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5 Steps to Writing Product Descriptions that Sell

By: Gordon Langmann

Last modified: 7. June 2018


Quality content is one of the most important elements that separate powerful brands from the rest of the pack. It’s easy to tell which companies are investing in professional content creation, including product descriptions that sell rather than just describe a product. Product descriptions can be real powerhouses that provide businesses with the opportunity to connect with potential customers and convert them to purchase. They also provide a secondary space to build a brand, link related products and create loyalty. If you are guilty of undervaluing your product descriptions, read on for 5 strategies to create content that resonates with the buyer to convert more sales.

 

1.    Focus on your target buyer.

Being specific is key when it comes to creating compelling content. Not every single person in the world needs or wants your product, so it’s ineffective to try and write a description that addresses the generic masses. You want your description to seem personal and it needs to appeal to the audience most likely to buy your product. In order to do this effectively, take a minute and put yourself in the shoes of your target buyer. What do they need? Do they have a specific problem or pain point they are trying to solve? How can your product improve their life? Once you get into the head of the person most likely to convert, you’ll be better able to write content that makes your product seem invaluable to them.

 

2.    Present key attributes.

Good writers know that editing is where the real work is done. While you might be eager to list every last feature and benefit of your product, shoppers really just want to know whether or not your product is the one they should buy. Typically, people feel comfortable reading about 3-5 elements regarding the product that are directly relevant to them. People care less about behind the scenes technical innovations and more about how a product will improve their quality of life. Get back into the brain of your consumer and consider what problems your product solves for them or how it will enhance their life or save them money. By keeping the content focused and limited to what is most important, you are making your customers path to purchase much more simple—and creating a more compelling reason to buy. If you want to provide more detail you can include content expansion sections or links to additional product details.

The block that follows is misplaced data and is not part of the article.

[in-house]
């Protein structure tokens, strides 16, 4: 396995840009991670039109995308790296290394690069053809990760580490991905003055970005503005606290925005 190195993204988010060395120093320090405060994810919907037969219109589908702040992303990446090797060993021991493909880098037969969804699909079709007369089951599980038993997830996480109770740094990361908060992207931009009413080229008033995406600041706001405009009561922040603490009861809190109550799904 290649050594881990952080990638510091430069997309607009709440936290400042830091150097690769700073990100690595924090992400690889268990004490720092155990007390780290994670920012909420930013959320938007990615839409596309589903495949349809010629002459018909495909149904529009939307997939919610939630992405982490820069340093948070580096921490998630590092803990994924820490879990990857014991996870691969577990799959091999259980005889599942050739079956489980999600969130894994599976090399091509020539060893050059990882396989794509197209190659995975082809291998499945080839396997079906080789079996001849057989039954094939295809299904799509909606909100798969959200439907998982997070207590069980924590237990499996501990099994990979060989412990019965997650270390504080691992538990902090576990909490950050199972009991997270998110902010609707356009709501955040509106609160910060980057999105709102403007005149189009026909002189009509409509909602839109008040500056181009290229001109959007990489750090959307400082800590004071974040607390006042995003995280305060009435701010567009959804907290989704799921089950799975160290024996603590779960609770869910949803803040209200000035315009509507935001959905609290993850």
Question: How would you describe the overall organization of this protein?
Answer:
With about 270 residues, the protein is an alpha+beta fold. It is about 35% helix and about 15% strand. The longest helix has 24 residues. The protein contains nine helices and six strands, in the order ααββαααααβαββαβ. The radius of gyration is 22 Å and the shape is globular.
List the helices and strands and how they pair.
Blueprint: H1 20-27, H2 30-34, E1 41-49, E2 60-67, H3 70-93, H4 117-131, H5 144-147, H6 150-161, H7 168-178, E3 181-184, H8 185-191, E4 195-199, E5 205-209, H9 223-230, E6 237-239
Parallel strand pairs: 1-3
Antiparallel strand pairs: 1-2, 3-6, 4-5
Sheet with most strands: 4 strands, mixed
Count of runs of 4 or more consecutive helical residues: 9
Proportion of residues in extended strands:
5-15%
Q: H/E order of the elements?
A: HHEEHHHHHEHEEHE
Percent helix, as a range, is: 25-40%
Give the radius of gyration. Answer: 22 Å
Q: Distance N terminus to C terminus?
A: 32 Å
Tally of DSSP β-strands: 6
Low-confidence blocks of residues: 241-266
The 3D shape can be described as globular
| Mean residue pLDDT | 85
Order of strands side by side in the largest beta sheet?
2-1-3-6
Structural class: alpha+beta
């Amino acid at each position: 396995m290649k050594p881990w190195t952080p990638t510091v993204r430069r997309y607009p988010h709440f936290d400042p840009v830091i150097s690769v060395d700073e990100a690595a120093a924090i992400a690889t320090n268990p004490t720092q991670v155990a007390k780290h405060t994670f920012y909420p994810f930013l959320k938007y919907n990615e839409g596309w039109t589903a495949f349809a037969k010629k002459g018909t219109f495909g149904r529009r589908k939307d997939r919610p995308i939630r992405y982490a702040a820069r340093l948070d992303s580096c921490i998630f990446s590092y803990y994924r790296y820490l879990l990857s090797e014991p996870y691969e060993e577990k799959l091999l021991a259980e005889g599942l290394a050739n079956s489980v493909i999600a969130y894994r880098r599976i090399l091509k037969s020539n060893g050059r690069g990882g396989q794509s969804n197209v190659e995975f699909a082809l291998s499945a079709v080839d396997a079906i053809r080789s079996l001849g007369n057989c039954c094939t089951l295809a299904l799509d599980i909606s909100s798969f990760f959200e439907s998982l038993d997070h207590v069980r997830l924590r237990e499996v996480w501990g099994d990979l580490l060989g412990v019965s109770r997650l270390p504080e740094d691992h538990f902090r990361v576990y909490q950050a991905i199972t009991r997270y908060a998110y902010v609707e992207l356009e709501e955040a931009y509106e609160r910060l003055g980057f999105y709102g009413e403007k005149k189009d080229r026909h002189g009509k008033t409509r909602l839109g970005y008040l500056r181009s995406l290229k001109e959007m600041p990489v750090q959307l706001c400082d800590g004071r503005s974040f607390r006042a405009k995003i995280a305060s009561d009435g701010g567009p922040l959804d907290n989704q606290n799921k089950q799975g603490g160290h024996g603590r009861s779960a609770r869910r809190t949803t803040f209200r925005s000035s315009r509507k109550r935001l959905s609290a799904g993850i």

3.    Appeal to the reader’s imagination.

Have you ever been at a restaurant where you started salivating just from reading the menu descriptions? That’s because menu wording contains sensory adjectives that stimulate our brain into imaging ourselves having pleasurable sensory experiences. Knowing how to use sensory adjectives is a game changer and one you should bring to your product descriptions every opportunity you get. Try describing what it’s like to use your product. Does it have a particular sensory quality? Sometimes we are so familiar with our own products that we forget how to describe them in basic, emotional ways that are meaningful to the user and their experience with your product. Engage them with emotionally vivid descriptions that will have them wanting it for themselves.

 

4.    Be a storyteller.
People are naturally drawn to narratives. We understand the world through a series of stories better than anything else, and in an age in which everyone is inundated with information, advertisements and distractions, real narratives stand out above all else. The best tactic for standing out amidst the chaos is to engage people in a narrative. Think about what mini stories you can tell that will set you apart and present your products in a way that gets people to connect. When you realign your thinking in this way, you’d be surprised what opportunities present themselves. Pay attention to influencers and begin to build a community of like-minded individuals for marketing that keeps growing and going.

 

5.    Validate with social proof.

Social proof is a powerful tool. When shoppers are unsure of what to purchase, they will turn to product recommendations and reviews from others, which is why high customer ratings make such a huge impact on sales. Recognizing that social proof is a critical part of the customer journey means you can help nudge shoppers towards purchase by leveraging content that contains social proof. Apply information provided in customer reviews when writing product descriptions so you call out the things that matter most to the users.  

 

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